Sadly, the problem always has been – and remains – a global issue and is not simply something that is only happening in countries like Bangladesh, home to Rana Plaza. Debbie Coulter, of the Ethical Trading Initiative, explains: “Worker exploitation thrives in hidden situations away from public scrutiny. And you don’t have to travel along the back streets of Dakar or Deli to find that there are places in east London, Bradford, Manchester and particularly in Leicester where garments are made in the most horrific conditions and workers are being paid on average £3 per hour.”

Over the last five years, millions of consumers have demanded a fairer, safer, cleaner industry. It’s working. We can see that brands are listening and the industry is starting to change

While there’s no doubt that the situation is far from resolved, what is clear is that when brands are put under pressure to be more transparent, change happens. “Transparency is becoming the new normal,” says Coulter, which certainly bodes well for the future. Another issue that does need addressing further, however, is that of gender equality in the supply chain. This year’s Index has shown that only 40 per cent of brands publish a policy on equal pay both for their own employees and in their supply chain, while less than half disclose the percentage of women in executive and management positions. Furthermore, only 14 per cent publish the annual gender pay gap within the company, and most of those that do are British and thus required to do so by law.   

Change may feel frustratingly slow but, given the previously impenetrable nature of big businesses and their supply chains, it's clear that progress is happening. Supporting organisations like Fashion Revolution is a step we can all take to help make that progress occur more quickly. As Orsola de Castro, co-founder and creative director of Fashion Revolution, says, “We shouldn’t think of the supply chain as some faraway land. We are all in the fashion-supply chain. We all have a responsibility to choose our clothes intelligently every day.” One way of doing this is to simply ask the question: "Who made my clothes?" Take a picture of your clothing label, then post it on social media, tagging the brand it was made by and ask, using the hashtag #whomademyclothes?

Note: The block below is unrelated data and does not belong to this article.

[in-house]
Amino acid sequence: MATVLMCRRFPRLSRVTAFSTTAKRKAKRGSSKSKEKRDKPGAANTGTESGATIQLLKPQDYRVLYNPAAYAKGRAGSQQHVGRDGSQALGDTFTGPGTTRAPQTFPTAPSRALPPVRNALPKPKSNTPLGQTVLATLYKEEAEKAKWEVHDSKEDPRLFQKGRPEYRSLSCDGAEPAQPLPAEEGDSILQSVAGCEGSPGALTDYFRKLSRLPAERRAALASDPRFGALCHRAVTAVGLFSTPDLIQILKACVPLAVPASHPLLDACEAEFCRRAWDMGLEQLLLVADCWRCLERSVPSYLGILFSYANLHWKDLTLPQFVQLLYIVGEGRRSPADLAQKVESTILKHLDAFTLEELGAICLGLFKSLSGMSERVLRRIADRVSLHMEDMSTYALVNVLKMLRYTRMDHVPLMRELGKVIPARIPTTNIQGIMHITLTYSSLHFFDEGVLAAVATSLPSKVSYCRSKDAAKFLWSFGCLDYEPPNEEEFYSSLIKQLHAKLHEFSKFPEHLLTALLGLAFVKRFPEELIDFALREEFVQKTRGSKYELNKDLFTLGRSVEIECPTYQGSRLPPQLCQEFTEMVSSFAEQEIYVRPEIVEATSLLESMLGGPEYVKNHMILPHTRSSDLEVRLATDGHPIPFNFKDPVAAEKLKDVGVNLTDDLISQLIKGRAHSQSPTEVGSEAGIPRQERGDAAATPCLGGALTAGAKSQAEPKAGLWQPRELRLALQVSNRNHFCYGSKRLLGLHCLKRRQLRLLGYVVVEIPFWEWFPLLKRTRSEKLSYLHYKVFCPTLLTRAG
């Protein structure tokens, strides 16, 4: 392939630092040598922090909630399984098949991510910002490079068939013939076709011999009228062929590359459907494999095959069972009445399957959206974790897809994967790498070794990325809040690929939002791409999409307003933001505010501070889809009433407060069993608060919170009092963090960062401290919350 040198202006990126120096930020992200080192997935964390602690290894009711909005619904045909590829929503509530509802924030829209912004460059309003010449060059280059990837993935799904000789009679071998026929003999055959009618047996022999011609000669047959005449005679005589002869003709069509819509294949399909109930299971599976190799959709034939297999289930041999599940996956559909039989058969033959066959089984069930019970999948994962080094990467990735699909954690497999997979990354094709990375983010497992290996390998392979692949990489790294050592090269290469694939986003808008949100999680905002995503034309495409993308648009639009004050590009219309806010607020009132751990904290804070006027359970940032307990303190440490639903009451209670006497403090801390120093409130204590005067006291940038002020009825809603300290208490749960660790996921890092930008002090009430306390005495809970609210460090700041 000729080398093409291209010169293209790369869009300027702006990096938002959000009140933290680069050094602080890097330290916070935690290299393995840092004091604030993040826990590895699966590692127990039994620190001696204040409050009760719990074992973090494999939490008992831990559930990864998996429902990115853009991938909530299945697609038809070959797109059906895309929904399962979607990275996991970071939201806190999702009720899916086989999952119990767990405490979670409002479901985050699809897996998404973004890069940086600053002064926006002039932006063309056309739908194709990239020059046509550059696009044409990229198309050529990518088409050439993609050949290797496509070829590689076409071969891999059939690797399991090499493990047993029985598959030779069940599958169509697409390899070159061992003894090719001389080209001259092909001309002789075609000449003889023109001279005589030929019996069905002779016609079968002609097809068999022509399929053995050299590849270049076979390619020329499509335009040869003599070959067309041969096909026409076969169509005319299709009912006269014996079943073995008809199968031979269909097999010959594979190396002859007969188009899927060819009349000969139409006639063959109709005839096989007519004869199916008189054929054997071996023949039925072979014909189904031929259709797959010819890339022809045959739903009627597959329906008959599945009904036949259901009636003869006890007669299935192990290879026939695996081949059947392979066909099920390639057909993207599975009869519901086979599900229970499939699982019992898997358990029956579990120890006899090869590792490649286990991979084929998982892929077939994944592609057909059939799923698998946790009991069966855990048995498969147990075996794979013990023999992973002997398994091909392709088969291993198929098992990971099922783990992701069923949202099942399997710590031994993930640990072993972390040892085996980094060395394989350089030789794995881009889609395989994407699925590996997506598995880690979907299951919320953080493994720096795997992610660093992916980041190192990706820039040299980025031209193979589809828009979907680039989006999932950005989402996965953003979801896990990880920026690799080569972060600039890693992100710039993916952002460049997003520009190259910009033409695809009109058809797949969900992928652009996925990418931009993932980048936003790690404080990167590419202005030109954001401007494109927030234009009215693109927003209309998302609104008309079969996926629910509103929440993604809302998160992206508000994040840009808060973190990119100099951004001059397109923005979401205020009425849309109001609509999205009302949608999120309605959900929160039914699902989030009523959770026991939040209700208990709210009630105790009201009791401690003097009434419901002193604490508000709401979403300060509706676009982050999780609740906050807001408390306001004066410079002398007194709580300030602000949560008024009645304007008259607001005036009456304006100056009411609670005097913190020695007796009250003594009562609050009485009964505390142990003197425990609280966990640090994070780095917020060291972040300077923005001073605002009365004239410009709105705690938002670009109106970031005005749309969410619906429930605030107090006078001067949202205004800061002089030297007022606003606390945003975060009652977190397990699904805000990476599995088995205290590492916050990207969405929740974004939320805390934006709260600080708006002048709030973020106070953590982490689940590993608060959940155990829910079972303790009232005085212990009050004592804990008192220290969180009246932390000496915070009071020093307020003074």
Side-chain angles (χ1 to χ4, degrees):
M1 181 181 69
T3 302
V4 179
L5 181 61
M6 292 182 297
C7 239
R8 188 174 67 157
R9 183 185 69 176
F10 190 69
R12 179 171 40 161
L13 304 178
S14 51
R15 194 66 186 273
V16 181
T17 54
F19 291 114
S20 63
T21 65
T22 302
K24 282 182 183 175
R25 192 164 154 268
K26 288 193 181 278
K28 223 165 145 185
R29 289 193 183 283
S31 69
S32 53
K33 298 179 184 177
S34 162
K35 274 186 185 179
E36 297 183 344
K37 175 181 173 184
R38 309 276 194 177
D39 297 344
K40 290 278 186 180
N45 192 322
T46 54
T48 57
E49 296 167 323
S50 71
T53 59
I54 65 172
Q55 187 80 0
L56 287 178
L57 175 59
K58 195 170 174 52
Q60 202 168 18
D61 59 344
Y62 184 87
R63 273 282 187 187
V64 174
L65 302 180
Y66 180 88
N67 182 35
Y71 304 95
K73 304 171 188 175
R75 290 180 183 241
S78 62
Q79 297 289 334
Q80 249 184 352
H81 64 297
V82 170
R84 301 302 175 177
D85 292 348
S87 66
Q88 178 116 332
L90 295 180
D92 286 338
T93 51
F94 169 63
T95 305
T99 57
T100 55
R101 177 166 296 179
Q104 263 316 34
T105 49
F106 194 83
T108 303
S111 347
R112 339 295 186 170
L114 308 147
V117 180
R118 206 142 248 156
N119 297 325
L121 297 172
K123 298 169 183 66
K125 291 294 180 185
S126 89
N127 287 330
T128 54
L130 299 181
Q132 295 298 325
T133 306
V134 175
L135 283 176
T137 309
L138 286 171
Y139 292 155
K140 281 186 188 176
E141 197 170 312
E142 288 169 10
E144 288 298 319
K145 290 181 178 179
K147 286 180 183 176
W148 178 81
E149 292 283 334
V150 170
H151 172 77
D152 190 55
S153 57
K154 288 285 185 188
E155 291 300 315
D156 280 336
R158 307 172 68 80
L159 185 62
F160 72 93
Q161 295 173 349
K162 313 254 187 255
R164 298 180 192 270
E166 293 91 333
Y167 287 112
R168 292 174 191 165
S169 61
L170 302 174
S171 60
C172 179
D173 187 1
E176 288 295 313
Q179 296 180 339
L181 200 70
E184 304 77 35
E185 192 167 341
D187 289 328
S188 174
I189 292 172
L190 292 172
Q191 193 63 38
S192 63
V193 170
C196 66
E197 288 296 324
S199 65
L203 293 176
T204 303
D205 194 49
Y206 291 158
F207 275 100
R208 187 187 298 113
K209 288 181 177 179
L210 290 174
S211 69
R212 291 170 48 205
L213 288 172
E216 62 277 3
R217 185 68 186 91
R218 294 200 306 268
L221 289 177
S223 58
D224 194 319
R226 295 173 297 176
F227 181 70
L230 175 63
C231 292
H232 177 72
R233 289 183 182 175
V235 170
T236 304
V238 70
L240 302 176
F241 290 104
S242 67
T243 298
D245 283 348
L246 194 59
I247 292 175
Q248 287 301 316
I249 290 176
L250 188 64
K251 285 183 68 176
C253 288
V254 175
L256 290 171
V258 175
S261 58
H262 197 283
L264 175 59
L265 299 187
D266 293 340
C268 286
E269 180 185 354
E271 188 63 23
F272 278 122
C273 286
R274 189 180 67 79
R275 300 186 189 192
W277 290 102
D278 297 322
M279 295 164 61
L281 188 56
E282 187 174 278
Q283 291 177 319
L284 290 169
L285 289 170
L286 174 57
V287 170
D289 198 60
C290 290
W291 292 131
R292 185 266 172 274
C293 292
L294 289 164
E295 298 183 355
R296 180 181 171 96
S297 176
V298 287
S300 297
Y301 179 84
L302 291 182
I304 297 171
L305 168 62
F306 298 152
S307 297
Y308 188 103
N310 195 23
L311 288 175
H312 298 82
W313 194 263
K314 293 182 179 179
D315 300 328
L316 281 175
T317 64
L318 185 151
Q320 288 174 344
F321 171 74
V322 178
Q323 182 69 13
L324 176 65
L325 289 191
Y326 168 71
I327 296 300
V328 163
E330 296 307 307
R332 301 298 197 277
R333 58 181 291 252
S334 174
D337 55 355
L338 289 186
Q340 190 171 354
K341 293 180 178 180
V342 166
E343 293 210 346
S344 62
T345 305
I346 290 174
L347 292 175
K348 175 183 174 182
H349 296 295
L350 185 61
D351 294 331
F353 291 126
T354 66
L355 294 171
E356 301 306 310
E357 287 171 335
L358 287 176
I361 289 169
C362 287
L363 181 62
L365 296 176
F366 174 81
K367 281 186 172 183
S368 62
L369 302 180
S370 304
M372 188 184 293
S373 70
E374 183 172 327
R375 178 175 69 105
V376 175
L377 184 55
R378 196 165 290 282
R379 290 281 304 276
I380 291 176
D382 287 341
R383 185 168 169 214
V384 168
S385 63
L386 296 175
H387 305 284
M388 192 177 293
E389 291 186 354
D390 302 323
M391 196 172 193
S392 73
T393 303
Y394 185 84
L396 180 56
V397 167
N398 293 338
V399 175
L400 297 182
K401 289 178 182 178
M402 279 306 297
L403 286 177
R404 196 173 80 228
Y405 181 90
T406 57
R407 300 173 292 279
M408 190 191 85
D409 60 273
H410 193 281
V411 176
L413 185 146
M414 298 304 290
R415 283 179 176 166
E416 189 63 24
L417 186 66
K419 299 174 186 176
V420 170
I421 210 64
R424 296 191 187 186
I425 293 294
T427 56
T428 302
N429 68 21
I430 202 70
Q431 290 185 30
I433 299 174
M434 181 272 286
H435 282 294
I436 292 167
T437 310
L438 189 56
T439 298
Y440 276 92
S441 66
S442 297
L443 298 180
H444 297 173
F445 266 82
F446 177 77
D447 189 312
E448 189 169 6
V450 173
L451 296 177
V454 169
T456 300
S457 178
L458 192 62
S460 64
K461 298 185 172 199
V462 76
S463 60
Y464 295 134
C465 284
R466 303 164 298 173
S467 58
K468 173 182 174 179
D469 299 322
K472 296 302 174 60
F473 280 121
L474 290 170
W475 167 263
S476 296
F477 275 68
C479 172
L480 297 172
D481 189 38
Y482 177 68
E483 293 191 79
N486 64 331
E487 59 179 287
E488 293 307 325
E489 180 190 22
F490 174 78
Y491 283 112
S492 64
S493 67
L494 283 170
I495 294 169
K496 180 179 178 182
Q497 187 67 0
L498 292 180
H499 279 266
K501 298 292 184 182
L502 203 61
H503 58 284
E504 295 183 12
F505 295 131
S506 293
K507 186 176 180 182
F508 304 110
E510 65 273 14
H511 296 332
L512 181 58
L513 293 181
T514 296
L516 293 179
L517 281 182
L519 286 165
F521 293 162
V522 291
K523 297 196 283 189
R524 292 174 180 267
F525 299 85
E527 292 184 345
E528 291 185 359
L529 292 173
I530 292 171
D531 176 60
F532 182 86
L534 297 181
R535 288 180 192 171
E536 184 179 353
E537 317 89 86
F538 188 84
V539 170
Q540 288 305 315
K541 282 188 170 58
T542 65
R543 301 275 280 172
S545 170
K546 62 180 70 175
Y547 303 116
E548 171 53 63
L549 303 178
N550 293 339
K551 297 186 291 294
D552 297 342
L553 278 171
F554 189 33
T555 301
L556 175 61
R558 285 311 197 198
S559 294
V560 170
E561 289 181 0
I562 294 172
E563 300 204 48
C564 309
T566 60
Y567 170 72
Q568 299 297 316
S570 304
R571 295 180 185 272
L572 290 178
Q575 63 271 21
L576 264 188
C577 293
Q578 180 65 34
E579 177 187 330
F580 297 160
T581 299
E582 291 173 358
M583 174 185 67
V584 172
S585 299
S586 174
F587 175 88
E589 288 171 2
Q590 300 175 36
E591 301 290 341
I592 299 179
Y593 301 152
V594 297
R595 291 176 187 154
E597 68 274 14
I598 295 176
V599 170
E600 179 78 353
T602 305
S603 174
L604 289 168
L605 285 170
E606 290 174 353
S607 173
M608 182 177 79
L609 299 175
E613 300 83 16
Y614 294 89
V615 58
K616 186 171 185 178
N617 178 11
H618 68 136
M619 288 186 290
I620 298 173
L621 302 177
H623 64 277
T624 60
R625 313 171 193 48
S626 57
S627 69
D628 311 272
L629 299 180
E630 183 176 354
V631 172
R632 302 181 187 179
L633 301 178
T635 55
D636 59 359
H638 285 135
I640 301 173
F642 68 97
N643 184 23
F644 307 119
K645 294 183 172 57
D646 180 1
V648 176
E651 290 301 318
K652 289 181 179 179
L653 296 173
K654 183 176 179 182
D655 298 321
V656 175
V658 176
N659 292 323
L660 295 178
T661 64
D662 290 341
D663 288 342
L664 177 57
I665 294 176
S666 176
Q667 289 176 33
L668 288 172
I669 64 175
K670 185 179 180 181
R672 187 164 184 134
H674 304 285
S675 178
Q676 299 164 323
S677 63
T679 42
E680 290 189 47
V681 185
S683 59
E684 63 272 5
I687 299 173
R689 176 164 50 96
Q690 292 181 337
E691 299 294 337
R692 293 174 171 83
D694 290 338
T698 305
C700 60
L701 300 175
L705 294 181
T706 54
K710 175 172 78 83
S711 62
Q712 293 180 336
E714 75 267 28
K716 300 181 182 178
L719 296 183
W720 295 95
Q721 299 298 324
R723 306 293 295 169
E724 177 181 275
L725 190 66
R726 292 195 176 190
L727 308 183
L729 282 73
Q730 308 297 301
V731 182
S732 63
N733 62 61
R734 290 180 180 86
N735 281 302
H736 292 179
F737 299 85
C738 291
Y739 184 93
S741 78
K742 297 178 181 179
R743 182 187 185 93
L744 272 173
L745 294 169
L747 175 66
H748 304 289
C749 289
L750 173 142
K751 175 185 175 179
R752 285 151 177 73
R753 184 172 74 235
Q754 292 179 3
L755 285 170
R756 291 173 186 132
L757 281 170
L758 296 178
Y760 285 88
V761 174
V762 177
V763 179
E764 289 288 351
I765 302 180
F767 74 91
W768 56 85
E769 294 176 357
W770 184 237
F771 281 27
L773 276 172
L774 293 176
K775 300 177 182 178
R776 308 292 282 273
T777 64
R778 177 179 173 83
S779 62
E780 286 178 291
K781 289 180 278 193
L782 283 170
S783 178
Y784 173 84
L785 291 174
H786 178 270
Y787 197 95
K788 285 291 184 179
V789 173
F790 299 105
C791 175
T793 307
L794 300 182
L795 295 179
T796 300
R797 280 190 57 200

Today also sees the launch of Fashion Revolution’s new manifesto, which lays out a vision with 10 action points for a cleaner, safer fashion industry. “It is brave,” says de Castro. "It is audacious because it paints a picture of what fashion looks like when fashion is done right.” The team at Fashion Revolution is asking for people to head to the website to sign the manifesto, pushing further forward in the ongoing struggle to make fashion a safer, happier place for everyone, including the environment. As Carry Somers says, “We’re calling upon the global fashion industry to turn its commitment to responsible sourcing into action this Fashion Revolution Week. Too many people working in the fashion industry, mostly women, are still underpaid, unsafe and mistreated. It’s time for change.”

@hlbw

Photo: Mehera Shaw 
Tagged in:
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Hannah Banks-Walker
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#whomademyclothes